Warnock reflects on his path from growing up in Georgia public housing to Senate

Warnock reflects on his path from growing up in Georgia public housing to Senate
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Sen.-elect Raphael WarnockRaphael WarnockWarnock raises .5 million in third quarter Senate to vote next week on Freedom to Vote Act Herschel Walker calls off fundraiser with woman who had swastika in Twitter profile MORE (D) early Wednesday reflected on his path as a child who grew up in public housing in Georgia to becoming the first Black American to win election to the Senate in the Peach State.

“My roots are planted deeply in Georgia soil: A child who grew up in the Kayton Homes housing projects of Savannah, Georgia, number 11 out of 12 children, a proud graduate of Morehouse College and the pastor of Ebenezer Baptist Church, the spiritual home of Martin Luther King Jr. and Congressman John LewisJohn LewisWhat's at stake if Trump wins in 2024? Single-party authoritarian rule A holistic approach to climate equity Senate Judiciary squares off over John Lewis voting rights bill MORE [D-Ga.],” Warnock said during an address he gave declaring victory in his bid to unseat Sen. Kelly LoefflerKelly LoefflerDraft Georgia congressional lines target McBath, shore up Bourdeaux Warnock picks up major abortion rights group's endorsement in reelection bid Trump endorses Hershel Walker for Georgia Senate seat MORE (R-Ga.).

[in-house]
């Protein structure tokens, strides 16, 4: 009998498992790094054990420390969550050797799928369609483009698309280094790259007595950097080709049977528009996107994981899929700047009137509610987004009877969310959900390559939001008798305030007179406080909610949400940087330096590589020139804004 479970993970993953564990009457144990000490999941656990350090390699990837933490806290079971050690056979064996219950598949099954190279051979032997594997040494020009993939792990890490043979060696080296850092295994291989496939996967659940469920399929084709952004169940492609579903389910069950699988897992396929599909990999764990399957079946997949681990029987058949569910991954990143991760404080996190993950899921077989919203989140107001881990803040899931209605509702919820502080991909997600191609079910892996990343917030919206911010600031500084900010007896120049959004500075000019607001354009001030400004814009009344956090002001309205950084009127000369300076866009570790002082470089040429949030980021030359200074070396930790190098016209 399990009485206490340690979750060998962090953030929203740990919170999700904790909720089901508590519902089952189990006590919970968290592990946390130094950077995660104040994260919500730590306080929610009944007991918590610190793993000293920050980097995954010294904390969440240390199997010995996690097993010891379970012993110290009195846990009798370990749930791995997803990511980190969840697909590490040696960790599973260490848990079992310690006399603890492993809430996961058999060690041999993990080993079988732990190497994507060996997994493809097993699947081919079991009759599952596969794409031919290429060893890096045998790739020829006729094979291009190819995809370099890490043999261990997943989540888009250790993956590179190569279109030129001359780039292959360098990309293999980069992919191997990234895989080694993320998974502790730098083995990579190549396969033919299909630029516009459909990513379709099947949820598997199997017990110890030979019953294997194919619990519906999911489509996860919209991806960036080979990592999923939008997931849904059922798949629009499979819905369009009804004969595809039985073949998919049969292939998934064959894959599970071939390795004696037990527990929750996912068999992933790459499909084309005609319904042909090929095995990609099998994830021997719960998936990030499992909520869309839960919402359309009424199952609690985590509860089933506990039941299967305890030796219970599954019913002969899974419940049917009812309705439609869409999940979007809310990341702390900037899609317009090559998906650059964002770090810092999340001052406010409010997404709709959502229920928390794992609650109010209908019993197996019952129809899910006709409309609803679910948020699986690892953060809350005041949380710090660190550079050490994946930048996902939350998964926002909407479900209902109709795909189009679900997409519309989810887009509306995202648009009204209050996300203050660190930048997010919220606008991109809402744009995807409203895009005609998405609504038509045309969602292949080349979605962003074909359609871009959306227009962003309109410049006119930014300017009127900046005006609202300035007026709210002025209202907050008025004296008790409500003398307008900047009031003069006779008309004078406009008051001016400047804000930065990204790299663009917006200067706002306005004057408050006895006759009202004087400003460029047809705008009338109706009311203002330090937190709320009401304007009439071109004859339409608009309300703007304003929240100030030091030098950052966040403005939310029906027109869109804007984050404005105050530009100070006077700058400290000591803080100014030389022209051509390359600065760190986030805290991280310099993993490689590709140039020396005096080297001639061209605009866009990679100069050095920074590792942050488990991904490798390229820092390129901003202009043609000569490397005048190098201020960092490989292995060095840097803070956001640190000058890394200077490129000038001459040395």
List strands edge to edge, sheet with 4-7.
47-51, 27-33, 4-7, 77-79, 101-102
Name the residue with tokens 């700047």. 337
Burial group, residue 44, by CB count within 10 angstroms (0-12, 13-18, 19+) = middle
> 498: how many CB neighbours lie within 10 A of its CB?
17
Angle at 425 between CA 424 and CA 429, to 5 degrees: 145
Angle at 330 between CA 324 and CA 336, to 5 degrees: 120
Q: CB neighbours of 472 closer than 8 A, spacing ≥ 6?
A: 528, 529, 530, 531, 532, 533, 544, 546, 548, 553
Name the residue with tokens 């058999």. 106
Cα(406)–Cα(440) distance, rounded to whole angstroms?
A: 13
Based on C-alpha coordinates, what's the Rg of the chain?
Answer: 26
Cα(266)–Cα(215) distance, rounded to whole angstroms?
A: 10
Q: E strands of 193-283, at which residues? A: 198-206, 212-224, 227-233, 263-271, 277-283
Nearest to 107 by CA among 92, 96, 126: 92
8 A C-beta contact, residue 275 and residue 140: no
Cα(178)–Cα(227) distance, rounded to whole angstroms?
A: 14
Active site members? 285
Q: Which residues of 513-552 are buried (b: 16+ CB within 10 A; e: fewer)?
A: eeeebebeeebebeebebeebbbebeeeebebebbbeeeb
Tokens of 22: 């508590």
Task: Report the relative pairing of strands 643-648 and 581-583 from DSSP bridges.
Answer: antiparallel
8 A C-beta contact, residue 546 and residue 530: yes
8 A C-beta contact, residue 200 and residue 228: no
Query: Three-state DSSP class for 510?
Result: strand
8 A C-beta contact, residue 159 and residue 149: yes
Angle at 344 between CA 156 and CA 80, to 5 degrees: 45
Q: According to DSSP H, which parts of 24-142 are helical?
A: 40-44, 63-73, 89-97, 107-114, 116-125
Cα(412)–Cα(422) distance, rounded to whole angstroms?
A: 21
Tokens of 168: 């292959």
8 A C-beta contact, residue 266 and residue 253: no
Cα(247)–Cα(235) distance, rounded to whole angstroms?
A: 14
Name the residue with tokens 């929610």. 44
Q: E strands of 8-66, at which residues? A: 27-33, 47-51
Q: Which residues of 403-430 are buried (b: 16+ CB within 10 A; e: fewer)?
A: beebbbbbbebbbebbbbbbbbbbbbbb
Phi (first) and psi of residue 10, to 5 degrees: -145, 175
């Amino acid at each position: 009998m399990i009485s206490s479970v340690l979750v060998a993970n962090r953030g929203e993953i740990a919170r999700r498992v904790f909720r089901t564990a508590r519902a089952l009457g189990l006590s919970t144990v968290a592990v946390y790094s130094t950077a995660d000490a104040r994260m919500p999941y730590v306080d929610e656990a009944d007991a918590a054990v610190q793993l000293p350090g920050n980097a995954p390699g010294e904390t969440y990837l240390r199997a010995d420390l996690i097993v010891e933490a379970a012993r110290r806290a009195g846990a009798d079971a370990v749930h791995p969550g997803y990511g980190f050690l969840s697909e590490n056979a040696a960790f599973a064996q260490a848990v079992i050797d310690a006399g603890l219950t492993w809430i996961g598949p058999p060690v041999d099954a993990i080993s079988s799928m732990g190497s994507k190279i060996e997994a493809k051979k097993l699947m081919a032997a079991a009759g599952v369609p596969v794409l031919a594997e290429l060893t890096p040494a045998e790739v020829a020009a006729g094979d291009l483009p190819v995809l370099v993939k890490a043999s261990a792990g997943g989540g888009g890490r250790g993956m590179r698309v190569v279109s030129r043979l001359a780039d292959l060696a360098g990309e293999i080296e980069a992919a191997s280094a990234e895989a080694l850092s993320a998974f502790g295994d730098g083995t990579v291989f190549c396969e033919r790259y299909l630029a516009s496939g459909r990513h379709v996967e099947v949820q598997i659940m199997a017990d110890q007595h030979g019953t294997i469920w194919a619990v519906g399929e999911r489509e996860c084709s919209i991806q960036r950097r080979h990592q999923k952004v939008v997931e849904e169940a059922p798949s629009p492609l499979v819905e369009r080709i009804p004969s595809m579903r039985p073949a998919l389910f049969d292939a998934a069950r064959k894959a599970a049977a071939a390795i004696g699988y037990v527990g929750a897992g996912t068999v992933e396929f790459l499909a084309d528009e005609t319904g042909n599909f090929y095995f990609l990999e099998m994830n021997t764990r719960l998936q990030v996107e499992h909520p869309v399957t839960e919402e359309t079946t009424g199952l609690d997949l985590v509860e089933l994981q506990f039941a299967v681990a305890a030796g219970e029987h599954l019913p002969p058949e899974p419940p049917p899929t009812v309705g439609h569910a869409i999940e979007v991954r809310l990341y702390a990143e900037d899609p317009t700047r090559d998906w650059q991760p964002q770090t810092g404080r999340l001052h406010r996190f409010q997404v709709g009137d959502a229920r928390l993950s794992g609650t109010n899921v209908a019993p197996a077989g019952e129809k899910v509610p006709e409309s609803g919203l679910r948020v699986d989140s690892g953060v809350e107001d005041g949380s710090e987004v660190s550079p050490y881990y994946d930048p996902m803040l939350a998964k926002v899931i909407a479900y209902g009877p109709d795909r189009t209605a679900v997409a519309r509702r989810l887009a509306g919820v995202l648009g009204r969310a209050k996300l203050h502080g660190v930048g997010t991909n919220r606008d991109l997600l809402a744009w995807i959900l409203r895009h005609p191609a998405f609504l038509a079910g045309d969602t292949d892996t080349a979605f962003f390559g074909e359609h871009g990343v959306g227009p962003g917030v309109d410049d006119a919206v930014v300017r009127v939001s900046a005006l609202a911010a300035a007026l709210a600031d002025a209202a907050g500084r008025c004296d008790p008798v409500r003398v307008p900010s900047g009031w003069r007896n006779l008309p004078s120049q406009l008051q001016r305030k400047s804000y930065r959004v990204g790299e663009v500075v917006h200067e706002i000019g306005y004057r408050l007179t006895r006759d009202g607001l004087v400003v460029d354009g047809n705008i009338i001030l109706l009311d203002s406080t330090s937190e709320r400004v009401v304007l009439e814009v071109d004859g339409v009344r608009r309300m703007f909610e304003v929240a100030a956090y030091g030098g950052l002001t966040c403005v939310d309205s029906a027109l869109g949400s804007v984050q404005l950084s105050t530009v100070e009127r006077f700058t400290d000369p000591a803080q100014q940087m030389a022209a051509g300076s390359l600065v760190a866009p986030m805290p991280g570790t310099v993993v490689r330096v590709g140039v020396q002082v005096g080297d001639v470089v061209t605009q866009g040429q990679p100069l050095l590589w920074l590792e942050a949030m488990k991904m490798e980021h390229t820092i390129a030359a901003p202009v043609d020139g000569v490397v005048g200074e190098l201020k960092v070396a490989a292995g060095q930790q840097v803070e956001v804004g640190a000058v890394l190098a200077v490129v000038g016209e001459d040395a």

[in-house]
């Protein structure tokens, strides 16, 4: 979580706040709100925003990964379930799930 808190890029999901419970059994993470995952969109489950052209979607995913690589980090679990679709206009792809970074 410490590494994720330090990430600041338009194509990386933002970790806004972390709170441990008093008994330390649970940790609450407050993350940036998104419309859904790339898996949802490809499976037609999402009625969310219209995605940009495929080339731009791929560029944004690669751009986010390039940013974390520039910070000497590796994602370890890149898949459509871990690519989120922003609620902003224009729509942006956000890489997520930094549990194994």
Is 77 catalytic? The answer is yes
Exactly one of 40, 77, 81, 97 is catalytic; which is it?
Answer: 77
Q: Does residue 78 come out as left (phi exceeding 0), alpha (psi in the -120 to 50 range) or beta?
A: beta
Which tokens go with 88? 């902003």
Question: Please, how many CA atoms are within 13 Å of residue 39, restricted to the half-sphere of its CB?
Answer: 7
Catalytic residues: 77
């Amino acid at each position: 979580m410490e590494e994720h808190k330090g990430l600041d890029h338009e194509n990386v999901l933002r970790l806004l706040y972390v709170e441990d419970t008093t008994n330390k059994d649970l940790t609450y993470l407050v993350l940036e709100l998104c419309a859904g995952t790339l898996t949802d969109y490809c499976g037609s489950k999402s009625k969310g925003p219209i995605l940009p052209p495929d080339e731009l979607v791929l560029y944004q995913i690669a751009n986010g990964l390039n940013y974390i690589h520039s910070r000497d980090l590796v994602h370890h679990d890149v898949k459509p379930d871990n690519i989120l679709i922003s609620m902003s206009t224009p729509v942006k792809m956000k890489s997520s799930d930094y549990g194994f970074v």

He added that the historic feat proves “anything is possible.” 


He also discussed his late father, Jonathan Warnock, who he noted was a veteran, a small-business owner and a pastor, as well as his mother, who, as “a teenager growing up in Waycross, Georgia, used to pick somebody else’s cotton.” 

“But the other day, because this is America, the 82-year-old hands that used to pick somebody else’s cotton went to the polls and picked her youngest son to be a United States senator,” he said.

“So, I come before you tonight as a man, who knows that the improbable journey that led me to this place in this historic moment in America could only happen here,” Warnock continued. “We were told that we couldn’t win this election. But tonight, we proved that, with hope, hard work and the people by our side, anything is possible.”

Warnock also discussed his deep roots in the Peach State and his mother’s past work picking cotton and tobacco during a rally with Democrat Senate candidate Jon OssoffJon OssoffHerschel Walker raises .7 million since start of Senate campaign Former Georgia Senate candidate says the seeds of the 'big lie' were sown 'many years' before Nov. 2020 Photos of the Week: Congressional Baseball Game, ashen trees and a beach horse MORE, whose runoff race in the state has not yet been called, on Monday and throughout his campaign.

After growing up in public housing in Savannah, Warnock went on to attend Morehouse College. He later earned a Ph.D. and became an ordained minister. He later became the youngest person to serve as senior pastor at the historic Ebenezer Baptist Church, where Martin Luther King Jr. had also been a pastor. 

Multiple outlets projected the reverend winner of his race against Loeffler on early Wednesday. He will be the first Black American to represent Georgia in the Senate only the 11th in history to serve in the upper chamber.